Gonadotroph adenoma of the pituitary gland: A clinicopathologic analysis of 100 cases

William Francis Young, B. W. Scheithauer, K. T. Kovacs, E. Horvath, D. H. Davis, R. V. Randall

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Abstract

Objective: To determine the clinical and pathologic features in a large cohort of randomly selected patients with gonadotroph pituitary adenomas. Design: We retrospectively reviewed clinical, surgical, and pathologic findings in 100 patients (79 men and 21 women, 30 to 82 years old) with this tumor. Results: Diagnosis of a pituitary tumor was prompted by visual loss (43%), symptoms of hypopituitarism (22%), headache (8%), or a combination of these findings (10%); 17% of the patients were asymptomatic. Visual field defects were present in 68% of the study group, and complete or partial anterior pituitary failure was present in 77%. Serum prolactin concentrations were increased (maximum, 110 ng/mL) in 33% of patients. Hypersecretion of follicle-stimulating hormone (FSH) and luteinizing hormone (LH) was documented in 11 and 5 patients, respectively. The serum level of α-subunit was increased in 1 of 29 patients in whom it was measured. All patients had pituitary macroadenomas, only 21% of which were grossly invasive. The surgical approach was transsphenoidal in all but two patients, who underwent transfrontal craniotomy; gross total tumor resection was achieved in 90%. By definition, all tumors had at least 10% immunoreactivity for LH, FSH, or both. All tumors were chromophobic. Ultrastructurally, the tumors were characterized as gonadotroph adenomas of 'male' (45%) or 'female' (9%) type as well as null-cell adenomas of the oncocytic (35%) or nononcocytic (11%) type. After a median follow-up of 4.3 years, 69% of the patients who had had visual field defects noted normalization or improvement. Persistent or clinically recurrent pituitary tumor tissue was present in 42%. A second pituitary surgical procedure was required in eight patients. Conclusion: Most patients with clinically evident gonadotroph pituitary tumors have loss of vision and hypopituitarism. Hypersecretion of FSH or LH is unusual, and no distinct hormone-dependent clinical phenotype is present. Transsphenoidal surgical treatment generally yields normalization or improvement of visual field defects.

Original languageEnglish (US)
Pages (from-to)649-656
Number of pages8
JournalMayo Clinic Proceedings
Volume71
Issue number7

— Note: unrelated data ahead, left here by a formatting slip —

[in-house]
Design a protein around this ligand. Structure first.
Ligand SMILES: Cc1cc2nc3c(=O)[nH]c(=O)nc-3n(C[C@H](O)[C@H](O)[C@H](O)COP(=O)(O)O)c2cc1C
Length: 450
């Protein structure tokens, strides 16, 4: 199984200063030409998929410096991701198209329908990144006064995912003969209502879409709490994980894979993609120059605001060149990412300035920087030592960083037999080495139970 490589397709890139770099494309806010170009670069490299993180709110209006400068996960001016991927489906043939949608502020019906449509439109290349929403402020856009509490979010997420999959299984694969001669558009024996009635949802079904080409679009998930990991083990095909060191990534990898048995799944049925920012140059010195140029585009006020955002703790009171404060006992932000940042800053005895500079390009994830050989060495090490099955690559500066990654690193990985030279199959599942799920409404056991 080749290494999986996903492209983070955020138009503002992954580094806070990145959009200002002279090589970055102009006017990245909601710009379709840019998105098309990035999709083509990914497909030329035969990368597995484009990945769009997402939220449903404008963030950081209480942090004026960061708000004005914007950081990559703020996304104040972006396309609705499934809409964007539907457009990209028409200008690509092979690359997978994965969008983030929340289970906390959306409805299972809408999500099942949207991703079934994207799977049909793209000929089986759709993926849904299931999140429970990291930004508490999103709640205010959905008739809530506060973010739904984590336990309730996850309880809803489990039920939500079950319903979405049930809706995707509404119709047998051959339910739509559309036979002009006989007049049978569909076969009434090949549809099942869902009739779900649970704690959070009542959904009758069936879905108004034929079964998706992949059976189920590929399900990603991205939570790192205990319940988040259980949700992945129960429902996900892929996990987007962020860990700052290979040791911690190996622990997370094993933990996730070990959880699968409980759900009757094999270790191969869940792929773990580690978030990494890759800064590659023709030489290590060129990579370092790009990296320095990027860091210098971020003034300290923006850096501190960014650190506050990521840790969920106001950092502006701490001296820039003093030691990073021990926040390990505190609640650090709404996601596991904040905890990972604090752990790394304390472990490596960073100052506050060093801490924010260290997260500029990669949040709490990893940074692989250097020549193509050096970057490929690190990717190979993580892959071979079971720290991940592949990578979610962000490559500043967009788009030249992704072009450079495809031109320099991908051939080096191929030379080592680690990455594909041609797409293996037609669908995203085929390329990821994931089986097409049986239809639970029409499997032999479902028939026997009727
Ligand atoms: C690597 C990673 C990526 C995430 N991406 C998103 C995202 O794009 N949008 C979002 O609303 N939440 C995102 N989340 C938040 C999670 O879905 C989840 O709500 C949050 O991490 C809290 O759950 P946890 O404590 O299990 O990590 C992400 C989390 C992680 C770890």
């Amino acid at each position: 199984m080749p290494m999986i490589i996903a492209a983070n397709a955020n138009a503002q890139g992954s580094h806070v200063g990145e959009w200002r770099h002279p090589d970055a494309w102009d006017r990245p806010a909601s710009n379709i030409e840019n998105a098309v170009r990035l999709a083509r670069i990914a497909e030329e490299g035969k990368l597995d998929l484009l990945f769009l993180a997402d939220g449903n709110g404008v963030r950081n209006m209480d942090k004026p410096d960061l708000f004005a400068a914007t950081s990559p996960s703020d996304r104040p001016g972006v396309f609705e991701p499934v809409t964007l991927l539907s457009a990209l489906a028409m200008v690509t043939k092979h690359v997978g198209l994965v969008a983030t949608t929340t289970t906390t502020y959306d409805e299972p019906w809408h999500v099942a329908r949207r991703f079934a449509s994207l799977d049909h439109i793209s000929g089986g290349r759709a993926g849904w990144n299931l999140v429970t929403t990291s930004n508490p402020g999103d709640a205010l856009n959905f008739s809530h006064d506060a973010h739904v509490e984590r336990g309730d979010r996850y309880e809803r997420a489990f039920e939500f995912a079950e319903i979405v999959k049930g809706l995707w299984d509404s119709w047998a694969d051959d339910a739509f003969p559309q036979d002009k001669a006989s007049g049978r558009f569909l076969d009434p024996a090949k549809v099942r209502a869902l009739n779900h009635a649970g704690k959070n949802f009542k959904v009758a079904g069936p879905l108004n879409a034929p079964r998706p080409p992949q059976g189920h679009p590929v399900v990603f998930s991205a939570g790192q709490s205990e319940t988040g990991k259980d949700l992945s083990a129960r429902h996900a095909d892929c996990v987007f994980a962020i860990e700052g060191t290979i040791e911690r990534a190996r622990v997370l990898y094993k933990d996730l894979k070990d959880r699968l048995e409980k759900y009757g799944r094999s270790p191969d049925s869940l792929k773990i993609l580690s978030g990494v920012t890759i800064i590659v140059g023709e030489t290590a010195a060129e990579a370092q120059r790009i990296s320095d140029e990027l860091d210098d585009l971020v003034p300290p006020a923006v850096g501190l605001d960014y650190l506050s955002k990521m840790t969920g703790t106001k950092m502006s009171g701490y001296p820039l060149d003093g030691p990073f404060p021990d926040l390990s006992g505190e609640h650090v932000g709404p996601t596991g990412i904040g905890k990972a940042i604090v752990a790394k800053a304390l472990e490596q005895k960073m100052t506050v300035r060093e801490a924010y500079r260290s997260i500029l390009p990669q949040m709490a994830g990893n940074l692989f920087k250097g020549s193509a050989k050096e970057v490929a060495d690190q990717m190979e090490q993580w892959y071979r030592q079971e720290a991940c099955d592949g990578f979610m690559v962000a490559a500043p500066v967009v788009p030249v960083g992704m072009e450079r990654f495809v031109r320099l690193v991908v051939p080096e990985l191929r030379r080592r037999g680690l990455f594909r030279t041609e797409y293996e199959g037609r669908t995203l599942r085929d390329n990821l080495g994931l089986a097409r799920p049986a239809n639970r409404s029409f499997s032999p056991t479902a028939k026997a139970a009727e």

StatePublished - 1996

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Gonadotrophs
Pituitary Gland
Adenoma
Pituitary Neoplasms
Follicle Stimulating Hormone
Luteinizing Hormone
Visual Fields
Hypopituitarism
Neoplasms
Null Lymphocytes
Craniotomy
Serum
Prolactin
Headache

ASJC Scopus subject areas

  • Medicine(all)

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Young, W. F., Scheithauer, B. W., Kovacs, K. T., Horvath, E., Davis, D. H., & Randall, R. V. (1996). Gonadotroph adenoma of the pituitary gland: A clinicopathologic analysis of 100 cases. Mayo Clinic Proceedings, 71(7), 649-656.

Gonadotroph adenoma of the pituitary gland : A clinicopathologic analysis of 100 cases. / Young, William Francis; Scheithauer, B. W.; Kovacs, K. T.; Horvath, E.; Davis, D. H.; Randall, R. V.

In: Mayo Clinic Proceedings, Vol. 71, No. 7, 1996, p. 649-656.

Research output: Contribution to journalArticle

Young, WF, Scheithauer, BW, Kovacs, KT, Horvath, E, Davis, DH & Randall, RV 1996, 'Gonadotroph adenoma of the pituitary gland: A clinicopathologic analysis of 100 cases', Mayo Clinic Proceedings, vol. 71, no. 7, pp. 649-656.
Young WF, Scheithauer BW, Kovacs KT, Horvath E, Davis DH, Randall RV. Gonadotroph adenoma of the pituitary gland: A clinicopathologic analysis of 100 cases. Mayo Clinic Proceedings. 1996;71(7):649-656.
Young, William Francis ; Scheithauer, B. W. ; Kovacs, K. T. ; Horvath, E. ; Davis, D. H. ; Randall, R. V. / Gonadotroph adenoma of the pituitary gland : A clinicopathologic analysis of 100 cases. In: Mayo Clinic Proceedings. 1996 ; Vol. 71, No. 7. pp. 649-656.
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abstract = "Objective: To determine the clinical and pathologic features in a large cohort of randomly selected patients with gonadotroph pituitary adenomas. Design: We retrospectively reviewed clinical, surgical, and pathologic findings in 100 patients (79 men and 21 women, 30 to 82 years old) with this tumor. Results: Diagnosis of a pituitary tumor was prompted by visual loss (43{\%}), symptoms of hypopituitarism (22{\%}), headache (8{\%}), or a combination of these findings (10{\%}); 17{\%} of the patients were asymptomatic. Visual field defects were present in 68{\%} of the study group, and complete or partial anterior pituitary failure was present in 77{\%}. Serum prolactin concentrations were increased (maximum, 110 ng/mL) in 33{\%} of patients. Hypersecretion of follicle-stimulating hormone (FSH) and luteinizing hormone (LH) was documented in 11 and 5 patients, respectively. The serum level of α-subunit was increased in 1 of 29 patients in whom it was measured. All patients had pituitary macroadenomas, only 21{\%} of which were grossly invasive. The surgical approach was transsphenoidal in all but two patients, who underwent transfrontal craniotomy; gross total tumor resection was achieved in 90{\%}. By definition, all tumors had at least 10{\%} immunoreactivity for LH, FSH, or both. All tumors were chromophobic. Ultrastructurally, the tumors were characterized as gonadotroph adenomas of 'male' (45{\%}) or 'female' (9{\%}) type as well as null-cell adenomas of the oncocytic (35{\%}) or nononcocytic (11{\%}) type. After a median follow-up of 4.3 years, 69{\%} of the patients who had had visual field defects noted normalization or improvement. Persistent or clinically recurrent pituitary tumor tissue was present in 42{\%}. A second pituitary surgical procedure was required in eight patients. Conclusion: Most patients with clinically evident gonadotroph pituitary tumors have loss of vision and hypopituitarism. Hypersecretion of FSH or LH is unusual, and no distinct hormone-dependent clinical phenotype is present. Transsphenoidal surgical treatment generally yields normalization or improvement of visual field defects.",